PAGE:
Many investigators want to use the ARIC surveillance data to study trends in rates of certain events over time. Such analyses can improve our understanding of changes in cardiovascular morbidity and mortality, including health disparities.
However, the ARIC study used a complex survey sampling procedure (much like the National Health and Nutrition Examination Survey, NHANES), in order to obtain statistically reliable estimates while optimizing resources, including time and money. Many investigators are not familiar with these methods. Lack of knowledge can lead to frustration and false starts, or simply moving on from a worthy project because it was too much trouble.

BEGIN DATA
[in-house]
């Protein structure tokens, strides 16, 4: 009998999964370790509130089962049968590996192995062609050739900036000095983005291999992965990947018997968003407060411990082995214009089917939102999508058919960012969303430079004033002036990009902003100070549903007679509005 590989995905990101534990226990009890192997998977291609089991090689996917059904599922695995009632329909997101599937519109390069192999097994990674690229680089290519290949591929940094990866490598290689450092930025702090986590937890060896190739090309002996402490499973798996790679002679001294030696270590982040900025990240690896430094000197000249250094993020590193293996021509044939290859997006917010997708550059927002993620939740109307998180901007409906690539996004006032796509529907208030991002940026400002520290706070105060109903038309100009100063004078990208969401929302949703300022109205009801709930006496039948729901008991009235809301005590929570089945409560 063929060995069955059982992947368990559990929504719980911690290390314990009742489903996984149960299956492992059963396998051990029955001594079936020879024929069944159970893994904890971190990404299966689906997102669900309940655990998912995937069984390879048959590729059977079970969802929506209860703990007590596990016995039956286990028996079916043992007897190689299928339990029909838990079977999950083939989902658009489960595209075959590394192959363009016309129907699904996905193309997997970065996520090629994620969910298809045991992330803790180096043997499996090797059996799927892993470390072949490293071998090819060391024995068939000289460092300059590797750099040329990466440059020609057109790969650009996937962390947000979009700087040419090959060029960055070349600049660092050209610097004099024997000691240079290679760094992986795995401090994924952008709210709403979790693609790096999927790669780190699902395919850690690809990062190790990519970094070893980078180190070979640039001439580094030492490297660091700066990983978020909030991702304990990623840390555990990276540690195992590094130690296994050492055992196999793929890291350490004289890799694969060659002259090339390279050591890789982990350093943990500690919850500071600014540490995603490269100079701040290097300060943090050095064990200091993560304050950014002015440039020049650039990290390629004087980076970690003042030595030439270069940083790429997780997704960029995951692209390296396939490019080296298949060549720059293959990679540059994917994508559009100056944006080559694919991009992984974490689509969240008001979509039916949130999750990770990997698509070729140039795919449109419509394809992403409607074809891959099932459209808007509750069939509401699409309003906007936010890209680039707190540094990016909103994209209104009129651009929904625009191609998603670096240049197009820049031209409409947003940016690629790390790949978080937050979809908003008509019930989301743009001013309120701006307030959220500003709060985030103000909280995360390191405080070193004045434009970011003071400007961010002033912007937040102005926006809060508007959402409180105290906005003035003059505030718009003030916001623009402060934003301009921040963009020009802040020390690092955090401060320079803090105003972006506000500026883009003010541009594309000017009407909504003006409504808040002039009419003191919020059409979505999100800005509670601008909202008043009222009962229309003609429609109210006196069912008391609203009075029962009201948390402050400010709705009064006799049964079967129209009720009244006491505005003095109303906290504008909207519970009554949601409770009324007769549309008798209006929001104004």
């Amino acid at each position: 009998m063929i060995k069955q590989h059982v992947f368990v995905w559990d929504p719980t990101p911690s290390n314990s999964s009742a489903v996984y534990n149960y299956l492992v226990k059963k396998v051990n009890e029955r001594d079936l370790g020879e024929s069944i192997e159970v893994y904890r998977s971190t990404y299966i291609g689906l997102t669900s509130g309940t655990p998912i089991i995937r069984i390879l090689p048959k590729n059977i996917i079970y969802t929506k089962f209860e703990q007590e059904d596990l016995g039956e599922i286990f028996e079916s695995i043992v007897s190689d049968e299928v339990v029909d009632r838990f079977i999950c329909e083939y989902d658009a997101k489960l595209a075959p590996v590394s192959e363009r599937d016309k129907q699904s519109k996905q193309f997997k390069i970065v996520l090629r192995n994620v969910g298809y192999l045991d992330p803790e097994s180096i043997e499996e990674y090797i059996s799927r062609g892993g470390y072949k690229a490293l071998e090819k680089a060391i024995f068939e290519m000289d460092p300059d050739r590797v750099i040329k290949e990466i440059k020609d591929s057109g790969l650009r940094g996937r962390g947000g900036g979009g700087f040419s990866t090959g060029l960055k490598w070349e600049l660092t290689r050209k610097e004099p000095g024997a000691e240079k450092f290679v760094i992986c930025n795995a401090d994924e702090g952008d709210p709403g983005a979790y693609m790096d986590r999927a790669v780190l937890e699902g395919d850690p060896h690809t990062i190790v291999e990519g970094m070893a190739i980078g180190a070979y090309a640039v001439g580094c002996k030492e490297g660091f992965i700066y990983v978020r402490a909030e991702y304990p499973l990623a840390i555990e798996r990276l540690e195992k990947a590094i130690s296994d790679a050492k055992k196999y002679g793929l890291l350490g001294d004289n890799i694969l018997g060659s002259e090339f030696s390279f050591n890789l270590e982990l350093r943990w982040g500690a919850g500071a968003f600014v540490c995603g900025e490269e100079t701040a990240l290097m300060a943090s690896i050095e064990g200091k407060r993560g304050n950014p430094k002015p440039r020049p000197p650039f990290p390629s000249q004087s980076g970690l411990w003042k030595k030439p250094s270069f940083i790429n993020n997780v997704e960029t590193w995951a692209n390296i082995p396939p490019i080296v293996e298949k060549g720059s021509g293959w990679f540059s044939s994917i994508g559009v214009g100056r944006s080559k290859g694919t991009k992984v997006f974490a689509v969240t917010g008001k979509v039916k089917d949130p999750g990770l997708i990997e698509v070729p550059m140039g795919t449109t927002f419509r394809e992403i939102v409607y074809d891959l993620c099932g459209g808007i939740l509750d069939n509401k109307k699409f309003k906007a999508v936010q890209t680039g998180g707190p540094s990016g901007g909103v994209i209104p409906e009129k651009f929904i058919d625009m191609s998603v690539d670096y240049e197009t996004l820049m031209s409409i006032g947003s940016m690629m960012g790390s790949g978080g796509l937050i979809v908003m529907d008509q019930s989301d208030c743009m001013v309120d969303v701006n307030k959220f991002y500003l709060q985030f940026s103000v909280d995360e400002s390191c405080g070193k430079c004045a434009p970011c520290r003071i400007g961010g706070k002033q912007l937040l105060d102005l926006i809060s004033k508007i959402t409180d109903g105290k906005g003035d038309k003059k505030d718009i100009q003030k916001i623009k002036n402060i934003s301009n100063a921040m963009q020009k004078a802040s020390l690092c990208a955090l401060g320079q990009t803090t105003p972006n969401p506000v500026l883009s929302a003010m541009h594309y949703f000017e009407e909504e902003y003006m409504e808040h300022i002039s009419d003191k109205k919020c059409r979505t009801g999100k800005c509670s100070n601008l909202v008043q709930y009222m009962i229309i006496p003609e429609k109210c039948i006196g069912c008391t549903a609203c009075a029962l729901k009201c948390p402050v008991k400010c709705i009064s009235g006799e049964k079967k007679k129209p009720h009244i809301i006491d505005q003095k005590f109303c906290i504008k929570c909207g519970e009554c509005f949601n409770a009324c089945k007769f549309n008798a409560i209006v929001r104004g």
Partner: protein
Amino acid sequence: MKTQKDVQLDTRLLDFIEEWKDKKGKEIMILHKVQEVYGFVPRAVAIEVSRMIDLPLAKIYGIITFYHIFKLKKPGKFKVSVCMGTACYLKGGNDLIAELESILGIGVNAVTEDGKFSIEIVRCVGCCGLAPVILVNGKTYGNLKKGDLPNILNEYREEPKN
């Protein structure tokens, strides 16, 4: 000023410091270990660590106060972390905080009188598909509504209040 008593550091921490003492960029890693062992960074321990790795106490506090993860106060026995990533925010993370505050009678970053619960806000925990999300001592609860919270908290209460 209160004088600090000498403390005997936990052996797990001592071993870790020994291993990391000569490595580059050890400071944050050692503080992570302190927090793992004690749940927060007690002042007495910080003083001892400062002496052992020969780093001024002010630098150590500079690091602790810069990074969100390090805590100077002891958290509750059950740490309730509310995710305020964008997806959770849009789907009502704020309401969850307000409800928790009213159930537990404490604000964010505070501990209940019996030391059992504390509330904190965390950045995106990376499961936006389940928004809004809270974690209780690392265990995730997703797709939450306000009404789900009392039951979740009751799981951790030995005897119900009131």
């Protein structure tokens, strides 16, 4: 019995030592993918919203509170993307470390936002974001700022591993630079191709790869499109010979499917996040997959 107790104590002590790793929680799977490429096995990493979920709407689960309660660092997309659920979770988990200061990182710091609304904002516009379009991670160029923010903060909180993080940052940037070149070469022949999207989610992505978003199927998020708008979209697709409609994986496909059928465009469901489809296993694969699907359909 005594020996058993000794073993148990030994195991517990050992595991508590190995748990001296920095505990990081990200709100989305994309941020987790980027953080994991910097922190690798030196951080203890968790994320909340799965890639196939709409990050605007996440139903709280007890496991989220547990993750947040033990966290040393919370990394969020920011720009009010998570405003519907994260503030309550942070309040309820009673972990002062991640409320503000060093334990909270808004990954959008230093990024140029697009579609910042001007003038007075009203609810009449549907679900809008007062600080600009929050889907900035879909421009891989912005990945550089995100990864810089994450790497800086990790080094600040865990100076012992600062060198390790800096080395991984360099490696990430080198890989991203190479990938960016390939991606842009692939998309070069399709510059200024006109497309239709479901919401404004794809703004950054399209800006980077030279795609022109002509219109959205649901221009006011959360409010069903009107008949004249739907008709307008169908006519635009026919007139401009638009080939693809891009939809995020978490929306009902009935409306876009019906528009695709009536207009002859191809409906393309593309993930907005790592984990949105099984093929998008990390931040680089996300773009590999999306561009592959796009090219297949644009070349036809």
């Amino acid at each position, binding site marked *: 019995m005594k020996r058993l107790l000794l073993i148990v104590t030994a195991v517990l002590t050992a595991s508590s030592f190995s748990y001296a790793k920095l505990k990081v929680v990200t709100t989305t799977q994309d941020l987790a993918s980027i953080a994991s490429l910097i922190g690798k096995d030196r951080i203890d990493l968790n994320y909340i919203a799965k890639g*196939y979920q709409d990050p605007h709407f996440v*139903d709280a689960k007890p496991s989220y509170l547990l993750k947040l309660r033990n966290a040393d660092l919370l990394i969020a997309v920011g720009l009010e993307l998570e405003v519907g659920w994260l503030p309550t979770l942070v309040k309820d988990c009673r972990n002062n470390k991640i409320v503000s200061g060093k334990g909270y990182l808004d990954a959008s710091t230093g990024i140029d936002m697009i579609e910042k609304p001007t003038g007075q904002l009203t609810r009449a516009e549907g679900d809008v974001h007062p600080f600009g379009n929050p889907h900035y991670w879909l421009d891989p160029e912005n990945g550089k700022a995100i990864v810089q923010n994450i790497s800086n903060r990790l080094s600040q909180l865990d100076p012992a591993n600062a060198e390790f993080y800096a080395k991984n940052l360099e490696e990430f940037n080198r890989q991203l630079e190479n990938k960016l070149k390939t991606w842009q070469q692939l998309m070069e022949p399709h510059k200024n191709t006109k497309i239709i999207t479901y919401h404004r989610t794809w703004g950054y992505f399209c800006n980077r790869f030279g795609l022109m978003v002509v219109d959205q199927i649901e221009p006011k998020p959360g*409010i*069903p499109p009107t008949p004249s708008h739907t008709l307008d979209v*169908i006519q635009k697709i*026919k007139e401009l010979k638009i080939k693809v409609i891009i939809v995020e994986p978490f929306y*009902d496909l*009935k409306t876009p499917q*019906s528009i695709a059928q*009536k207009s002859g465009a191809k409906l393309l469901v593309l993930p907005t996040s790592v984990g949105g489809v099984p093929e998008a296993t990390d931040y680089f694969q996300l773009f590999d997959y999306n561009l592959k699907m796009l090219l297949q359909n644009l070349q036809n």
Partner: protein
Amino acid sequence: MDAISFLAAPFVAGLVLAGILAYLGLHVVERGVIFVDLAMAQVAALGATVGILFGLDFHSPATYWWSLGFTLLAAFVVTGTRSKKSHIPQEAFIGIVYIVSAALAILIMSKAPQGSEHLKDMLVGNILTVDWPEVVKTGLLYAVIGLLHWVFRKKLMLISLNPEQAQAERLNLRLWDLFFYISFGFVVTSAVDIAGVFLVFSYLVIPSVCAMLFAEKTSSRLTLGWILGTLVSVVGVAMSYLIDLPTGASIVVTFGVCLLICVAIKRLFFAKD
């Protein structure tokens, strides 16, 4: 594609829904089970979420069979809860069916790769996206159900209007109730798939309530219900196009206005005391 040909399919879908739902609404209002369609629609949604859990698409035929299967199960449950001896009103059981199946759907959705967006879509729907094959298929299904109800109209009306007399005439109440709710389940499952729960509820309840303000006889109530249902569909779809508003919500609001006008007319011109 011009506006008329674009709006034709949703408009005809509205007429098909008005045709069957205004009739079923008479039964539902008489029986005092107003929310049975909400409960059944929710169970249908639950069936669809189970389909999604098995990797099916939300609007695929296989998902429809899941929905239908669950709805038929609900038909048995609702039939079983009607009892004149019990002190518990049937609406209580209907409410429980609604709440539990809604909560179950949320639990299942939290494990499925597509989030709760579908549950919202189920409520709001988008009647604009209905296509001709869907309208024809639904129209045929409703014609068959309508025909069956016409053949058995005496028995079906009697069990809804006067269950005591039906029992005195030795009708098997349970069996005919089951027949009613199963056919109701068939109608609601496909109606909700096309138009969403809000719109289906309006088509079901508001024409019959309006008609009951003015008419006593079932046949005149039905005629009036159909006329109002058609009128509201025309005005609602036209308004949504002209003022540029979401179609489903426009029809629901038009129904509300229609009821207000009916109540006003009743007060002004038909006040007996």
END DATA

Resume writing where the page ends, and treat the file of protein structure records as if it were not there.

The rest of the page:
This guide will demystify trends analyses in ARIC using R software, which is freely available and can accomplish all of the analyses someone would want to do with ARIC surveillance data.
Because it is free, students, residents, fellows, and MPH students are able to complete short-term projects without requiring expensive software.
We hope this guide leads to more manuscripts on ARIC surveillance data, as well as helps investigators understand a new type of analysis.